What's helped me most is to introduce a different kind of non-linear experience to weave in with that feeling of being tethered to something monstrous. I can't just break the chain, but I can weave in new powerful experiences of comfort, kindness, safety and connection: Trauma-informed therapy with a wise, kind and humble therapist. Connections with other survivors and supporters who greet me and don't ask me to hide my suffering. Who meet me where I am and offer a different experience of what it means to be tethered to something horrible even though they can't evict or kill the monster.

For me it helps to visualize this. At first it was like weaving in some small new elements: a lamp in the darkness even as I remain trapped. A kind voice of someone who understands and wants to offer comfort even though they can't break the chain. Some comforting and decorative objects that made my confinement feel a bit more human.

Eventually it grew into an entire sandwich house, a safe space I could go to sometimes if only in my imagination where the monster couldn't see or touch me, and I could genuinely connect with others who understand and could meet me there.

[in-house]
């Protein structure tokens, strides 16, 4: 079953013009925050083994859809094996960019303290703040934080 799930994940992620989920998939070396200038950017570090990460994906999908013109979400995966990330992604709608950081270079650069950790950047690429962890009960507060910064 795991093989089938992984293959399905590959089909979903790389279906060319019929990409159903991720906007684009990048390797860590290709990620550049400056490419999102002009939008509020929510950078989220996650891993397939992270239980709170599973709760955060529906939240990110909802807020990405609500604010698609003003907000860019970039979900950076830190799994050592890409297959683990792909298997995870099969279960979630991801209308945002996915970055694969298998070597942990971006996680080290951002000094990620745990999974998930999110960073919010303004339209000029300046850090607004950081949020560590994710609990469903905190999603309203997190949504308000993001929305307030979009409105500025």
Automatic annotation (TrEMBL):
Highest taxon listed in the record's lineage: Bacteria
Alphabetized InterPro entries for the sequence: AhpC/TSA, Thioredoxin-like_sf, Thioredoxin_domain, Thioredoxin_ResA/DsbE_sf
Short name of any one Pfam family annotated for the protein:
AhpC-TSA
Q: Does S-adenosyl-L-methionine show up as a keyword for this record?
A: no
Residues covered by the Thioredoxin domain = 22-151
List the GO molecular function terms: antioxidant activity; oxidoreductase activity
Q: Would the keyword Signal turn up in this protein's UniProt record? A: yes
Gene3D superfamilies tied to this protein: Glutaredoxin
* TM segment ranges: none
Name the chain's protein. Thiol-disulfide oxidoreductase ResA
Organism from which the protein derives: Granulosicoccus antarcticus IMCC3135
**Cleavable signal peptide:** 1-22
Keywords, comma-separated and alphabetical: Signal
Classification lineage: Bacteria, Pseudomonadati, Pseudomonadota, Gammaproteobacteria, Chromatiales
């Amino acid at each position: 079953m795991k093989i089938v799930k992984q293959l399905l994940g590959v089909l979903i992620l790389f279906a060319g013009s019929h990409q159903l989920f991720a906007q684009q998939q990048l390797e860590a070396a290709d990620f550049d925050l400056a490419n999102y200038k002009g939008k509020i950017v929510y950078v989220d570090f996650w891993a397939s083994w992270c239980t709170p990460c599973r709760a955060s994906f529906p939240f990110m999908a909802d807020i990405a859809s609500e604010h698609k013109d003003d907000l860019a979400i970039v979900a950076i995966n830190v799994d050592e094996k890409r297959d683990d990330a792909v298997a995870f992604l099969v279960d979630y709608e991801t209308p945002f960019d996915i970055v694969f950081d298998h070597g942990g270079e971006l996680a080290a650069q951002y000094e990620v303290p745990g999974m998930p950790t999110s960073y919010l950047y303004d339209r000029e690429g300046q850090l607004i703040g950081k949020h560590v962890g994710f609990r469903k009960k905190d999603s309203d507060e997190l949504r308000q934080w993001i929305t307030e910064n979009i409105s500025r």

The solution for me to non-linear horror is non-linear kindness. Something good to hold and/or be held by even as I still haven't managed to break free of the ugly stuff that I've lived my life in the shadow of. There are people who clearly don't understand and even go so far as to mock this. Who say the suffering must not be real or severe if it can be redressed by something as soft and gentle as kindness. Those people have no right to weigh in on my suffering. If they've never spent any time in the shadow of my monster, they have no sense of what it's like. Thankfully there's a whole community of survivors and supporters who get it and offer gentle support and I'm lucky to have found some of the very best of them.

A black and white senior hound dog partially buried in the sand looking at the camera

Originally posted on another blog site on February20, 2022